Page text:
We all handle stress, sadness and troubling times in unique ways. These methods are called our coping mechanisms, and while some can be helpful in our recovery process, others can be quite damaging. How do you know what kind of coping mechanisms your teen is using and whether or not they are beneficial? Here are some clues as to what to look for.
1. Denial and Repression
One very basic form of coping—and one that can ultimately permeate throughout all other forms—is denial or repression. Put simply, a person in denial refuses to acknowledge or even believe that an incident has occurred so that they don’t have to address their negative feelings. Alternatively, people might acknowledge that a painful circumstance has taken place but will repress their feelings around it, impeding their chances for healthy grieving or reflection.
Feeling negatively about an experience or situation can be difficult to handle or even embarrassing for some teens. Therefore, they might choose to isolate themselves as a way of avoiding their emotions. You may recognize this coping mechanism if your teen cuts ties with friends, drops out of extracurriculars or suddenly dislikes activities they used to enjoy.
3. Acting Out
For many teens, acting out can sometimes be one of the most obvious coping mechanisms. It can also be the most frustrating and hurtful for those around. A person acts out when they feel unable to express their emotions in a healthy way. In other words, rather than sharing how they feel, a teen might yell or become violent. They might also choose to engage in risky behaviors, such as taking drugs, shoplifting, or engaging in unsafe sex. All of these actions deflect from the emotions they are feeling.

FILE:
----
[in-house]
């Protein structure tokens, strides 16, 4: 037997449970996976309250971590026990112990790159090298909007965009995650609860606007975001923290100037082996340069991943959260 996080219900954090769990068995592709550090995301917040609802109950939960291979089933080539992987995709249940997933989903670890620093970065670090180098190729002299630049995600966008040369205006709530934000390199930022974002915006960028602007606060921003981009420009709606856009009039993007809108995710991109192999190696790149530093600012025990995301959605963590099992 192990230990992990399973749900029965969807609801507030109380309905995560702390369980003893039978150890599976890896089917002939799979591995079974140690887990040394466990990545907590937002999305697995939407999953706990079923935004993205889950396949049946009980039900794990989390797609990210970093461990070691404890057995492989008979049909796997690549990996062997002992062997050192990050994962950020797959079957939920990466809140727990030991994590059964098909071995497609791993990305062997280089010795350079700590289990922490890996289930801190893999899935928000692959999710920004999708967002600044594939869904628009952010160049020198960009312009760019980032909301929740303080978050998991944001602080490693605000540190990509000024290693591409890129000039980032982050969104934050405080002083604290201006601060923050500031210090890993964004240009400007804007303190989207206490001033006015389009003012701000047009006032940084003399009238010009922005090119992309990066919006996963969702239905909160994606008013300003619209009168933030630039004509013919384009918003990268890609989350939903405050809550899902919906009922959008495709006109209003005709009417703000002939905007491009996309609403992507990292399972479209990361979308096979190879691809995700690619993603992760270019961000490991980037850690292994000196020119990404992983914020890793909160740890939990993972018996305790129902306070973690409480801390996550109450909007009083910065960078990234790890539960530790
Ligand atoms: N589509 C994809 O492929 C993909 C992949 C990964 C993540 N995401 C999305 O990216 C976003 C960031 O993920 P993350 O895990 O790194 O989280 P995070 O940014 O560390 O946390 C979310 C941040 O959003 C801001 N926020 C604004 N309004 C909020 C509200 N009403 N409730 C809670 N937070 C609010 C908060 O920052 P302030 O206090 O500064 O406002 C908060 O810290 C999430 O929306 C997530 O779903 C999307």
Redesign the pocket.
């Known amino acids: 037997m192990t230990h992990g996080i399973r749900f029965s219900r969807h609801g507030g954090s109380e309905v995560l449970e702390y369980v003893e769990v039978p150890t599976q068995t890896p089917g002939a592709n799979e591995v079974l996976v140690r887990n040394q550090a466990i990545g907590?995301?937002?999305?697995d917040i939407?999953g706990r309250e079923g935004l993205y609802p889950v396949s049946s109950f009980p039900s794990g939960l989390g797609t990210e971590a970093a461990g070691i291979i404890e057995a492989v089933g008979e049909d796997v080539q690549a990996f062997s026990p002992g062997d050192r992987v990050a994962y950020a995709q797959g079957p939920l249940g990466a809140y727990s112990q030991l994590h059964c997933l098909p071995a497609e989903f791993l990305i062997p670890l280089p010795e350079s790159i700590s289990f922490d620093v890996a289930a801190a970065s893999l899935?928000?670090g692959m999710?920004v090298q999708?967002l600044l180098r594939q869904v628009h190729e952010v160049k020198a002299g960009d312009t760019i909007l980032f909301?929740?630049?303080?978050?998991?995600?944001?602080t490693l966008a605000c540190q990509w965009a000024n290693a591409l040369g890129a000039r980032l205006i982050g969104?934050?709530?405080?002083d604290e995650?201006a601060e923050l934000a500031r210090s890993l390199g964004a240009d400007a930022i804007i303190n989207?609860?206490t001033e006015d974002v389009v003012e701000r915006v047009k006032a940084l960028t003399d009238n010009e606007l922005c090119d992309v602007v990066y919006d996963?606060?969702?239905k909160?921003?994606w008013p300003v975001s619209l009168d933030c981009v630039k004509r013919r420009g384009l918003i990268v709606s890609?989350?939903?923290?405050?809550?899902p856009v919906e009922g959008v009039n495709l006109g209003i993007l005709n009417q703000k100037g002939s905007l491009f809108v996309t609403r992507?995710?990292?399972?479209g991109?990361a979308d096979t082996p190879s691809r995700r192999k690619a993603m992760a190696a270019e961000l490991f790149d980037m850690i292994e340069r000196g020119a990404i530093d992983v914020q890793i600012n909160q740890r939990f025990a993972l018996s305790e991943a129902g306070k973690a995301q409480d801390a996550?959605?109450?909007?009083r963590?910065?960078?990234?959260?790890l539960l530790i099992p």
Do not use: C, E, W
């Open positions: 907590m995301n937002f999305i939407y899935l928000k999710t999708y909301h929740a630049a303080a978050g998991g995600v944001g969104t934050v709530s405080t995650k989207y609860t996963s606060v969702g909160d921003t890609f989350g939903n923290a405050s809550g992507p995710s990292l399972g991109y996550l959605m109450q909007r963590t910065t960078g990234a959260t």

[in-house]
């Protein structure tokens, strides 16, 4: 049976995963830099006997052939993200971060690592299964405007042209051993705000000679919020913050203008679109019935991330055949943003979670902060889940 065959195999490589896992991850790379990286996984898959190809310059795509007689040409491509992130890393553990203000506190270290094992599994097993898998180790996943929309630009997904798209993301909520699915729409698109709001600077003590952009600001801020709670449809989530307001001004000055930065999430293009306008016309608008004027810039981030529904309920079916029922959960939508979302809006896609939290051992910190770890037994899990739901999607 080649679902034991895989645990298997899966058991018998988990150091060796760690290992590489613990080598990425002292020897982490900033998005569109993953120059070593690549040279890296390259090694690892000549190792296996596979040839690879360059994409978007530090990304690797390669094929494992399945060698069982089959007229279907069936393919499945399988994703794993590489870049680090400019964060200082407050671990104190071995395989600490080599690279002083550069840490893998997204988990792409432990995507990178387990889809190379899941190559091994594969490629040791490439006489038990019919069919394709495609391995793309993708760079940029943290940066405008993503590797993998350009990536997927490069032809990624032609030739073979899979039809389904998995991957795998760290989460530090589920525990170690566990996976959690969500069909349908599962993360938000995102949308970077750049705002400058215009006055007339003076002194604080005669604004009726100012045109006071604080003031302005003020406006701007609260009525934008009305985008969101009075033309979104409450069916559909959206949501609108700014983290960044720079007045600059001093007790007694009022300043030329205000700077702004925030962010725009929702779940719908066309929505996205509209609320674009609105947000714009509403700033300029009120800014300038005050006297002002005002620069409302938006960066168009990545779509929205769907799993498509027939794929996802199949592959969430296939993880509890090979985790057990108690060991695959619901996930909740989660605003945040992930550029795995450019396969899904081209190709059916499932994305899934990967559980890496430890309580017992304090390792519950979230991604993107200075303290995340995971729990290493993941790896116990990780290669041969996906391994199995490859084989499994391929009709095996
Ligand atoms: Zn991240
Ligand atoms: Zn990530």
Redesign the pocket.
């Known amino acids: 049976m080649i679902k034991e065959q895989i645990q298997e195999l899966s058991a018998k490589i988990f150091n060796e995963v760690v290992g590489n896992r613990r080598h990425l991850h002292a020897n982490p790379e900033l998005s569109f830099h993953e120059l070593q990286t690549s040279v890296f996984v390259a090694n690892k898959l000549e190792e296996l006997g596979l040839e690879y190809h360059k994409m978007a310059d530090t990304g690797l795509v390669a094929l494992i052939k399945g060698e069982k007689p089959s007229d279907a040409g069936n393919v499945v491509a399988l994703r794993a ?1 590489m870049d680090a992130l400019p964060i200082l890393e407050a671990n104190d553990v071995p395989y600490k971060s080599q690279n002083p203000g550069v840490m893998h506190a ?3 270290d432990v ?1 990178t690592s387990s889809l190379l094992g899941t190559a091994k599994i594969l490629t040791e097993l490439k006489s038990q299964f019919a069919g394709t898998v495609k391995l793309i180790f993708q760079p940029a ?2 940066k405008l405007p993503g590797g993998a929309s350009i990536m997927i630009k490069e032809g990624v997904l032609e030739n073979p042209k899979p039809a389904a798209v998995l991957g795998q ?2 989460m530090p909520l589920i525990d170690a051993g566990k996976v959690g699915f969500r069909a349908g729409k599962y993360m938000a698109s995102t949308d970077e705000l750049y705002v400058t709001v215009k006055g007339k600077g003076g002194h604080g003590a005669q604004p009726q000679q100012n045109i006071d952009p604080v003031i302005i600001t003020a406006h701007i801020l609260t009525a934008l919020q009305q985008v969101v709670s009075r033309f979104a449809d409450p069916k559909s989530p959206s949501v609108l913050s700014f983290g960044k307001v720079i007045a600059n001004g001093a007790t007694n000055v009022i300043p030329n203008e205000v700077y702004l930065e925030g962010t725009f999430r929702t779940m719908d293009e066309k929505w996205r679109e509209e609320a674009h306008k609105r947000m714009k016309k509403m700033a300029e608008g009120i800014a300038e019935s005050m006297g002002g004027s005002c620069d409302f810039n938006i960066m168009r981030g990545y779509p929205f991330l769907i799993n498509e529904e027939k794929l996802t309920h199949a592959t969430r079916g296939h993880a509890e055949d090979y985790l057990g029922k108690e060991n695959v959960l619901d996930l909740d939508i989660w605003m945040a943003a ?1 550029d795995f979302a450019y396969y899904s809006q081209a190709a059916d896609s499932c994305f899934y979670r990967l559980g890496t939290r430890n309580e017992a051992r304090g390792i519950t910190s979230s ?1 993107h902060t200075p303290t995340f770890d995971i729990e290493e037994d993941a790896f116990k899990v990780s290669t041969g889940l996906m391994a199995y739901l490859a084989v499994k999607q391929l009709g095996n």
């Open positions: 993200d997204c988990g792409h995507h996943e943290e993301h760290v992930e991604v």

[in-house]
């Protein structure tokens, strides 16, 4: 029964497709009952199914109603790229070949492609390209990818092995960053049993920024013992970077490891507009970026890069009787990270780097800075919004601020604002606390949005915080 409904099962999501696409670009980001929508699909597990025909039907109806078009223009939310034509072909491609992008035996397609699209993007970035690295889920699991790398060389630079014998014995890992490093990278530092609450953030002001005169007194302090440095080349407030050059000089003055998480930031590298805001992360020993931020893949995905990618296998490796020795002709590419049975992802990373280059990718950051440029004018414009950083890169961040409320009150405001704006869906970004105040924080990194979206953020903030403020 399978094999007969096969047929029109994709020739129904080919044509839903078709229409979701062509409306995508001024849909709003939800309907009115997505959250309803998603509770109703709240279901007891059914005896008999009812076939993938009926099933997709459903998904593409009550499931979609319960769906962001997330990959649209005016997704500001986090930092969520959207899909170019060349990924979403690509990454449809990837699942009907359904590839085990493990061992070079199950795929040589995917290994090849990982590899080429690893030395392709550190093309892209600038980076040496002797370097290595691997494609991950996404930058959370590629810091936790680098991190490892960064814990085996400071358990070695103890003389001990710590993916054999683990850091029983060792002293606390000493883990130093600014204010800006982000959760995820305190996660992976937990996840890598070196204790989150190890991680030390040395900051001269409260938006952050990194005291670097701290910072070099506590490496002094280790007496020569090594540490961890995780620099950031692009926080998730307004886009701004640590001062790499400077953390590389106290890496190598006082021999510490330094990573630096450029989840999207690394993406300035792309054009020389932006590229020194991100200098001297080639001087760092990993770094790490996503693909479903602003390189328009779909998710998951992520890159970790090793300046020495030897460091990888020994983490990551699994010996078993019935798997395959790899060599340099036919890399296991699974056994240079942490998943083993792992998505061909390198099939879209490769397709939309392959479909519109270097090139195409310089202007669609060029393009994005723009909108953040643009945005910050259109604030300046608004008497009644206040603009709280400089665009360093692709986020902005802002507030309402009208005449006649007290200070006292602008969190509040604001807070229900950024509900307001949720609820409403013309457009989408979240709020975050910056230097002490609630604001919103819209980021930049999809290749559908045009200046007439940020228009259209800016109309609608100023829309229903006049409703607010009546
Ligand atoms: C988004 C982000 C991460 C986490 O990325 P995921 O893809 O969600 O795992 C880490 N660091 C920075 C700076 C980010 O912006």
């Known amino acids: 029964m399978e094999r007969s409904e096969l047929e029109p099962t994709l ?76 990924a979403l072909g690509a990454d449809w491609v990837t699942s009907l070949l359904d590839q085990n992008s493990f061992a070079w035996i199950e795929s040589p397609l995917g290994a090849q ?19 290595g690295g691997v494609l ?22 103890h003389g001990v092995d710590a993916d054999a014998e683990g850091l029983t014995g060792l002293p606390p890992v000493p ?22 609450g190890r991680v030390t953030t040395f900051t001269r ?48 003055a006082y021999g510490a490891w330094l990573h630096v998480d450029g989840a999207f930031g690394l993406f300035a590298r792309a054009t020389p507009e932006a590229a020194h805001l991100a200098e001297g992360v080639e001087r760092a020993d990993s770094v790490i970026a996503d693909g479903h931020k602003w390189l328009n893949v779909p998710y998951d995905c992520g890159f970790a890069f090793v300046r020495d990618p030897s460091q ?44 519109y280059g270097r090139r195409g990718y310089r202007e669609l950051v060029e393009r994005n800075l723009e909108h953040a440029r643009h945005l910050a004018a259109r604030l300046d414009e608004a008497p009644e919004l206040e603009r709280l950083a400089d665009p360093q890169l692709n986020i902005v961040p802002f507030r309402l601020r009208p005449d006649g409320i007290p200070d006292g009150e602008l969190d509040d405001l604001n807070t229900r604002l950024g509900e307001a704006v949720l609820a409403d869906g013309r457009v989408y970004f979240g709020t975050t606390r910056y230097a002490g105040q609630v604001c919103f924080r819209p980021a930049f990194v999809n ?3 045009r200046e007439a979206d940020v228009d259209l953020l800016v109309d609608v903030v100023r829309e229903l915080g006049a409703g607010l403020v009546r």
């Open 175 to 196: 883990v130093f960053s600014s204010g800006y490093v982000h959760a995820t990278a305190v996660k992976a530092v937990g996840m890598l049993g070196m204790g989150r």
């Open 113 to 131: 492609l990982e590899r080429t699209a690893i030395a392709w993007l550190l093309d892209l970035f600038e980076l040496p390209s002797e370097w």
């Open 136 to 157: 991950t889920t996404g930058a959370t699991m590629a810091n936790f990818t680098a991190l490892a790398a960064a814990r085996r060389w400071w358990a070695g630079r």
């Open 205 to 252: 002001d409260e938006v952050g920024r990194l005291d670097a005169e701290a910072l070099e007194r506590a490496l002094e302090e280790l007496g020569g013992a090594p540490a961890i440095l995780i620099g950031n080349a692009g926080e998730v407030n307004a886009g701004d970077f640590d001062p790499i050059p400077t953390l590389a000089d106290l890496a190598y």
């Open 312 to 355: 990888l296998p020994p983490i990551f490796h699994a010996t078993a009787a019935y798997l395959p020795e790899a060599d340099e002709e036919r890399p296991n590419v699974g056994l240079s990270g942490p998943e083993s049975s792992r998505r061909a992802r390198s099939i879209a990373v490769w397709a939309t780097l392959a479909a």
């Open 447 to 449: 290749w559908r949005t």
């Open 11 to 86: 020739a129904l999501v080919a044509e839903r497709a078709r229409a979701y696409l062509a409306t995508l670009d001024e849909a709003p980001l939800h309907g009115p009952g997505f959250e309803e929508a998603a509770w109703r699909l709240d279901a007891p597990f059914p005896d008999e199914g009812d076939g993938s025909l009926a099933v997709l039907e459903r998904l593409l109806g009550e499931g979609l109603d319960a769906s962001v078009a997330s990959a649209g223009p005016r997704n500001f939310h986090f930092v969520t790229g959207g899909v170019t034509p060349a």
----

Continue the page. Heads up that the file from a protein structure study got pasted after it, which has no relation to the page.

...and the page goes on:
4. Judgemental Behavior
On the other end of the spectrum, teens who have experienced a painful event might seek to regain control of it by becoming rigidly principled. While at first this might almost seem positive, it can lead to extreme self-criticism, self-hatred, inflexibility and a harsh view of others as they uphold clear cut rules and logic over people and feelings.
5. Physical Restraints
Some teens might focus their coping strategies on their own bodies in an effort to feel in control of their lives. This could lead to developing negative eating habits such as over or under-eating or creating harsh exercise regimes. Once again, this is a very tangible way for a teen to seek control when they might otherwise feel that they have lost it.
6. Positive Coping Mechanisms
Are all coping mechanisms negative? Definitely not! We all need to find positive ways to deal with difficult and hurtful situations when they arise. Encourage your teen to develop positive coping strategies, which include finding an artistic outlet, meditation, healthy exercise, talking openly about their feelings and seeking support from a therapist.
Feature Image: The Hamster Factor